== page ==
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- Theresa May is reportedly ready to give in to Brussels demands and grant permanent residency to EU migrants who arrive during a Brexit transition period.
- Just three weeks ago, the prime minister insisted citizens who arrived after March next year would be treated differently to those arriving before.
- The Home Affairs Committee has warned May that creating a two-tier immigration system for EU citizens was not "feasible" due to insufficient time and resources.
LONDON — Theresa May is reportedly ready to bow to Brussels pressure and offer permanent residency to EU migrants who arrive in the UK during the Brexit transition period.
The prime minister is prepared to make the swift U-turn in order to placate EU negotiators and ensure she seals a swift transition deal, although the move is likely to anger Brexiteer MPs, according to The Times.
Just three weeks ago, May announced EU citizens who arrive in Britain during the proposed transition period would receive different rights to those who arrived prior to Brexit day in March 2019.
She told reporters: "I’m clear there is a difference between those who came prior to us leaving and those who will come when they know the UK is leaving."
But the EU's chief negotiator, Michel Barnier, insisted that the UK would only secure a transition deal if it accepted all EU rules until the end of the transition phase, including contested issues such as free movement rights.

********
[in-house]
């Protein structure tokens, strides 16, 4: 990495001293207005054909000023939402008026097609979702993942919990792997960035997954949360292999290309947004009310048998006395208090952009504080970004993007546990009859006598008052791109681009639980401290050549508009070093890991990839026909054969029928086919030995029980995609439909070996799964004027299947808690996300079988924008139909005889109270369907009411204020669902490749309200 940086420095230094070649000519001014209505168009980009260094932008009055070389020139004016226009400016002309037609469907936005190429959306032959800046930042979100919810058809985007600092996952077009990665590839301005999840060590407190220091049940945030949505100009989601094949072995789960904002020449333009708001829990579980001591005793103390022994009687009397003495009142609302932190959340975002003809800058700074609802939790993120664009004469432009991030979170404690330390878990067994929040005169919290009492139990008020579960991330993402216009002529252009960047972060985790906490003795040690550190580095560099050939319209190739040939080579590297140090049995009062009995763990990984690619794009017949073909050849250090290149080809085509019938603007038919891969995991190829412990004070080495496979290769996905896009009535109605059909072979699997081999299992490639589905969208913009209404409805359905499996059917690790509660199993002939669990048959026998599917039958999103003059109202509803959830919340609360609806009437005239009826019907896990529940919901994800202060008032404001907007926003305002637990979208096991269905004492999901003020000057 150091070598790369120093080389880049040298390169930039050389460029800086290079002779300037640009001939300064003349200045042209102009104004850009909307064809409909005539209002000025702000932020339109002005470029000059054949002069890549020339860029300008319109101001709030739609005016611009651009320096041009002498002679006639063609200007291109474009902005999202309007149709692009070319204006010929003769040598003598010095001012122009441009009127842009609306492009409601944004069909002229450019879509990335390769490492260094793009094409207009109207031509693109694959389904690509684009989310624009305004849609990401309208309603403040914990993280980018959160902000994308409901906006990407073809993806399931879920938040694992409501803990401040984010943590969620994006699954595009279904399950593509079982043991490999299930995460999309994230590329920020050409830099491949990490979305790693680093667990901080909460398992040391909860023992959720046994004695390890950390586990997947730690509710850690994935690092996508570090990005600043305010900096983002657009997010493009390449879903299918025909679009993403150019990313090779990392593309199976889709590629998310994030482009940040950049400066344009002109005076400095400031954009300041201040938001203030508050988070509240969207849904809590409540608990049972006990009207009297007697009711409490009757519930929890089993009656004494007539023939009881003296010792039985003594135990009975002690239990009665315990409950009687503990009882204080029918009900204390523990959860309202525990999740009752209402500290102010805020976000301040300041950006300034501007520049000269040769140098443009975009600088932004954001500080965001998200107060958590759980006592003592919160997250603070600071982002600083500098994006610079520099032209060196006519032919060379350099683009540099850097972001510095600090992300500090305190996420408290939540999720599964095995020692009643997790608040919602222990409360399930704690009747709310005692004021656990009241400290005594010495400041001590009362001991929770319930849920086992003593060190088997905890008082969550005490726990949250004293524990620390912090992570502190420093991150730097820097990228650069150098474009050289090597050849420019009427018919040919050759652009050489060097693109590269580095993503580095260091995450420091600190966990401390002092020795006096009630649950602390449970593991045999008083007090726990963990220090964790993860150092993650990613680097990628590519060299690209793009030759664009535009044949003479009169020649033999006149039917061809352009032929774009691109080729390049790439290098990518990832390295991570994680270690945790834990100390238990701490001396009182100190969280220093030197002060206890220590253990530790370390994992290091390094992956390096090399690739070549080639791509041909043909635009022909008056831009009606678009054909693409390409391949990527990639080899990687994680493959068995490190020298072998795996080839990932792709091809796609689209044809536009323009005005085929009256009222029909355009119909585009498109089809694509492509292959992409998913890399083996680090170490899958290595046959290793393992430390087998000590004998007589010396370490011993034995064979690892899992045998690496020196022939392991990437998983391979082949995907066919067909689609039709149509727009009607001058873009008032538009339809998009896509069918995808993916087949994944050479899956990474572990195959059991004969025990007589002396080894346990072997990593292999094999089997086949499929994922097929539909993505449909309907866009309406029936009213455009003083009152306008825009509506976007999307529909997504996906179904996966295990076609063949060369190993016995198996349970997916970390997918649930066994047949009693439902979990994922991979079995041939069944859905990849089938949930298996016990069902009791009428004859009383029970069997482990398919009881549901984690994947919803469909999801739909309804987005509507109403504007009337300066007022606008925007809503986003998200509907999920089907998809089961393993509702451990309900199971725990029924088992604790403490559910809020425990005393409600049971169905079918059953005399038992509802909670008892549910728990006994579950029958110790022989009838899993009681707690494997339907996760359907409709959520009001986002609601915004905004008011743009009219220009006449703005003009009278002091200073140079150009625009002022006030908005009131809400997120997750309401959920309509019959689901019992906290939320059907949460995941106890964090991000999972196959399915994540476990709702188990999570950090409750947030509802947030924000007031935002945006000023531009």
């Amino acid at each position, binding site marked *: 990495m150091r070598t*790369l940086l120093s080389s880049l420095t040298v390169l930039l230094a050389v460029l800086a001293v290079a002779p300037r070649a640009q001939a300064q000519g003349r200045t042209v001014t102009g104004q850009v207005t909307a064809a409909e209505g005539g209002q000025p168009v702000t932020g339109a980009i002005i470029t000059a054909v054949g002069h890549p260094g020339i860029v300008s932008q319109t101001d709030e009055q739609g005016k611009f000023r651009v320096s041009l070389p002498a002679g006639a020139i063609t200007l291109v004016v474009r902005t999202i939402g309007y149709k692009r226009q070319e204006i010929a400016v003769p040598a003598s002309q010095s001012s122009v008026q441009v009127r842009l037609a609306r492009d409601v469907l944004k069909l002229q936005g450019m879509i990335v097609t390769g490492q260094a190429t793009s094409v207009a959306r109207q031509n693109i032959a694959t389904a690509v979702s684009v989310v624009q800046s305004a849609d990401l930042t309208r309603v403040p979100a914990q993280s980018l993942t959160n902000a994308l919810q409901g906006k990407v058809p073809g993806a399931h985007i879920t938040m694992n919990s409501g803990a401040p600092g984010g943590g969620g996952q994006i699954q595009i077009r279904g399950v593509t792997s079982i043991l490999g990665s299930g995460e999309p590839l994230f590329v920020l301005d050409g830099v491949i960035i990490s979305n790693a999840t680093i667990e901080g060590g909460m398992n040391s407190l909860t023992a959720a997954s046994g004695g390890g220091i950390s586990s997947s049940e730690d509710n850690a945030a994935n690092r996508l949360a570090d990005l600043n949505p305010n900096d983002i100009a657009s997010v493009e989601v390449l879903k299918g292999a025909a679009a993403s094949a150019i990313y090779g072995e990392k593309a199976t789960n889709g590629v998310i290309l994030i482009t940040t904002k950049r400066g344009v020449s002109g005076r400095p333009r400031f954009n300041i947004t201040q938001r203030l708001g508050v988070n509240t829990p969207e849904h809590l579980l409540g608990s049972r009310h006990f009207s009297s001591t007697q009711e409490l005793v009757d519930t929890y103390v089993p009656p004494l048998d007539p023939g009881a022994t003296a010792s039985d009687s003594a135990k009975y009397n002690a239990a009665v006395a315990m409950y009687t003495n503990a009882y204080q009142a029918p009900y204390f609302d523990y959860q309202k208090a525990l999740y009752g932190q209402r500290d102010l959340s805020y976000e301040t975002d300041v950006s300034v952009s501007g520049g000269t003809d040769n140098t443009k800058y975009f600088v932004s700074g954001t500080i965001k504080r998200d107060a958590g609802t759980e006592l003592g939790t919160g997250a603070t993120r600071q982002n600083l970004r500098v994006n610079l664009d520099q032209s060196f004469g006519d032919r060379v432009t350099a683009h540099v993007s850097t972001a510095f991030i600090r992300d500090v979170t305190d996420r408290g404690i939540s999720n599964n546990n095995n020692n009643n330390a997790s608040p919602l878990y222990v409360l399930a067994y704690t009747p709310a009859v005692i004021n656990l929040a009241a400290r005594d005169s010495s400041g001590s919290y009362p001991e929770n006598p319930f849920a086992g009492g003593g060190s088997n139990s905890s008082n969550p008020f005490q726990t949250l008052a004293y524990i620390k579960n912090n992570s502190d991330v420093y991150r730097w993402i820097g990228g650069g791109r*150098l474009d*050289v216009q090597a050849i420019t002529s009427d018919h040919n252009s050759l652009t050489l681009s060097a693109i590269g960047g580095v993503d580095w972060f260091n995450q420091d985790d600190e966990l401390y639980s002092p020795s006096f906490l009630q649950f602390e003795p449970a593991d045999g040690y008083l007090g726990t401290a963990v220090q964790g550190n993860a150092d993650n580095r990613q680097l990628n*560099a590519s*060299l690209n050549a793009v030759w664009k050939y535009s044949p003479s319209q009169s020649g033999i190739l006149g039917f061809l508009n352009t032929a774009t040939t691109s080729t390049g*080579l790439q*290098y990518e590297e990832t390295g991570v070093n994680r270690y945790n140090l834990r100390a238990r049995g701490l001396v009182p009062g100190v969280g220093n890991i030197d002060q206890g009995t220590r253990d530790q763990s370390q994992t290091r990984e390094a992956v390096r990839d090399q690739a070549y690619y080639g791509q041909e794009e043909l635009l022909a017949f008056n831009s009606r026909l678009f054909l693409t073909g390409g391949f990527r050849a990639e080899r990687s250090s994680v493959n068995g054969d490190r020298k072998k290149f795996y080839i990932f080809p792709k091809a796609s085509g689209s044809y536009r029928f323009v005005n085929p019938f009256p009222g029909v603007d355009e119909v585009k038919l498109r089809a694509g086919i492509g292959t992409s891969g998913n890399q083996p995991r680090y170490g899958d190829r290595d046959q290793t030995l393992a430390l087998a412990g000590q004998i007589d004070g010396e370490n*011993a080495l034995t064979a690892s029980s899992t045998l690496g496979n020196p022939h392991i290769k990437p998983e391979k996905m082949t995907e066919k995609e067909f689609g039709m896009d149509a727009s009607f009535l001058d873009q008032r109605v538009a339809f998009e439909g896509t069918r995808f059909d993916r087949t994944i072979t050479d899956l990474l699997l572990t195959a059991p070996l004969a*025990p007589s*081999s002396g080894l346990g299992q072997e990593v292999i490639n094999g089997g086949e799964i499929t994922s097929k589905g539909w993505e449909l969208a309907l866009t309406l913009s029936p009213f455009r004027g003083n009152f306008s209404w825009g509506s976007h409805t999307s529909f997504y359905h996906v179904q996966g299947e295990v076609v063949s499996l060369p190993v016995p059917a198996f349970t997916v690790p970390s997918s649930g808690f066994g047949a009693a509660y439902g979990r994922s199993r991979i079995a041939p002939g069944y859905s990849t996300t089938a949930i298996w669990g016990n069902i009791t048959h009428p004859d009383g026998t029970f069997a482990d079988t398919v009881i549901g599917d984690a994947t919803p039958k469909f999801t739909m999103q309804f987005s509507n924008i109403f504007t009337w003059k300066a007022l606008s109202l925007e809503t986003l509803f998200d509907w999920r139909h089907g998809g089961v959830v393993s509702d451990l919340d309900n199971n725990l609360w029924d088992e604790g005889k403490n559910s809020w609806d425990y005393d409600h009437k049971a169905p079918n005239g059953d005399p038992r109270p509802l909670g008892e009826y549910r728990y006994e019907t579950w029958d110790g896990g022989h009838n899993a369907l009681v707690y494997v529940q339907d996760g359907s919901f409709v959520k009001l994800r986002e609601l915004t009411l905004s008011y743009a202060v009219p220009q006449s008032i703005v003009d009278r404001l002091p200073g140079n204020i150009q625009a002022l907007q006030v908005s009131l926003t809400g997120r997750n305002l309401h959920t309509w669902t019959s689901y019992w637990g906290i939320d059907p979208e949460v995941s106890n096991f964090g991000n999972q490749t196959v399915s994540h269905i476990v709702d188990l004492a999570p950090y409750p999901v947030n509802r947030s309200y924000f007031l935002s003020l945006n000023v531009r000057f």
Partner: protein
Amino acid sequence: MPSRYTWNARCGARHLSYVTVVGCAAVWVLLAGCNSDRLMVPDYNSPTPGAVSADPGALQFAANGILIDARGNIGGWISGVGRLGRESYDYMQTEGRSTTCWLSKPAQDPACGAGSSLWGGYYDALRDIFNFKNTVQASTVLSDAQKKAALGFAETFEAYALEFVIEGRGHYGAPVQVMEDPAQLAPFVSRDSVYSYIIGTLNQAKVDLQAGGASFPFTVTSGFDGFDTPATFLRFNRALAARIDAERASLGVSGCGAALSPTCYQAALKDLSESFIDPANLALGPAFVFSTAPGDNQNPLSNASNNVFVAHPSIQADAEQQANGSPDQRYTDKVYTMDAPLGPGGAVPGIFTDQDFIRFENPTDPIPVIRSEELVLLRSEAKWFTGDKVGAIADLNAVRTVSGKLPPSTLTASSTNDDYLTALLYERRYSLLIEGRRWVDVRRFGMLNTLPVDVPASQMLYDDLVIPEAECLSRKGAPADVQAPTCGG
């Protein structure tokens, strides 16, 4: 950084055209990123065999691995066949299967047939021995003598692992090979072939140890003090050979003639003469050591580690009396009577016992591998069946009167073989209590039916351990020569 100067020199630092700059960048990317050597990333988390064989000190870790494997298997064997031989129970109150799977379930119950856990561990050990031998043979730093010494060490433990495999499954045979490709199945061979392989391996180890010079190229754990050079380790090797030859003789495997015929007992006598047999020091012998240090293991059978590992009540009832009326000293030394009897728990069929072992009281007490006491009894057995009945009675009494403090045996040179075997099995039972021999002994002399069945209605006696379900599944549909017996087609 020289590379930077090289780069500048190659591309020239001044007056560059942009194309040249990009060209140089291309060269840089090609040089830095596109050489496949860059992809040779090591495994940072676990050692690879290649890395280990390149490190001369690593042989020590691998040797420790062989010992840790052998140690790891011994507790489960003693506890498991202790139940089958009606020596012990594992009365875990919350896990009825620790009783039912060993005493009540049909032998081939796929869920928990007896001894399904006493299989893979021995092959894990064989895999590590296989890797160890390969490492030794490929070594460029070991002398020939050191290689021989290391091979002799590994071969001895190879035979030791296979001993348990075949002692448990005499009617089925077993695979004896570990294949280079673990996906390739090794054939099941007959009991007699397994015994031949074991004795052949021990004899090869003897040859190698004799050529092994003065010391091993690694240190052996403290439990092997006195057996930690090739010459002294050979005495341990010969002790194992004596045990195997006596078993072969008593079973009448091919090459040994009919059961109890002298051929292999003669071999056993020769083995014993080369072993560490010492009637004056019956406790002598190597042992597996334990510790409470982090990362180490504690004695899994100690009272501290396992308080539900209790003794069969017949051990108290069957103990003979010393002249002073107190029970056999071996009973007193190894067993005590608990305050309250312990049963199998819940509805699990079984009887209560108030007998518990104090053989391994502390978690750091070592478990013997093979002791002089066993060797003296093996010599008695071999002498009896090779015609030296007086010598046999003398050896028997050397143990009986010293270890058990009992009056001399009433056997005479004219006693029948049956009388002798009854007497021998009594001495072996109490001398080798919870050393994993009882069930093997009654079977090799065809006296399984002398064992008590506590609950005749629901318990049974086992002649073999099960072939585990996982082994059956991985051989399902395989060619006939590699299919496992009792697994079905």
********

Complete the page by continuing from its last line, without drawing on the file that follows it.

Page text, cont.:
"The United Kingdom must accept all the rules and the conditions right until the end of the transition, and must also accept the inescapable consequences of its decision to leave the European Union," Barnier told a press conference earlier in February.
"If these disagreements persist, the transition is not a given," he added.
A Cabinet source told the Times: "This is a big U-turn in the offing."
A spokesman for the prime minister told Business Insider: "During the implementation period people from the EU will continue to be able to come and live and work in the UK but there will be a registration system to prepare for the new regime.
"In terms of people arriving after 2019, they arrive under a different set of circumstances than those who arrived before with different expectations and you can expect their rights to reflect that, so their rights will be different."
On Wednesday, the UK government published its official response to the EU's negotiating guidelines on the subject of transition.
In its response, which was leaked to Business Insider and other publications hours before publication, the government did not explicitly reject the EU's demand that all migrants who arrive in Britain during transition must be given the same rights free movement rights as those who arrived beforehand.
The Home Affairs committee warned May last week that creating a two-tier immigration system in time for Brexit day is not "feasible" because the department is starved of time, staff and resources.
The transition arrangement — which is still being negotiated — was initially likely to last until the end of 2020, but the UK government called this week for the EU to discuss extending it indefinitely.
Brexiteers are likely to be angered by the move which allows EU citizens to arrive more freely.
Figures published on Thursday showed that migration from the EU fell sharply last year, with 90,000 arriving in the 12 months to September, down 75,000 from the previous year.
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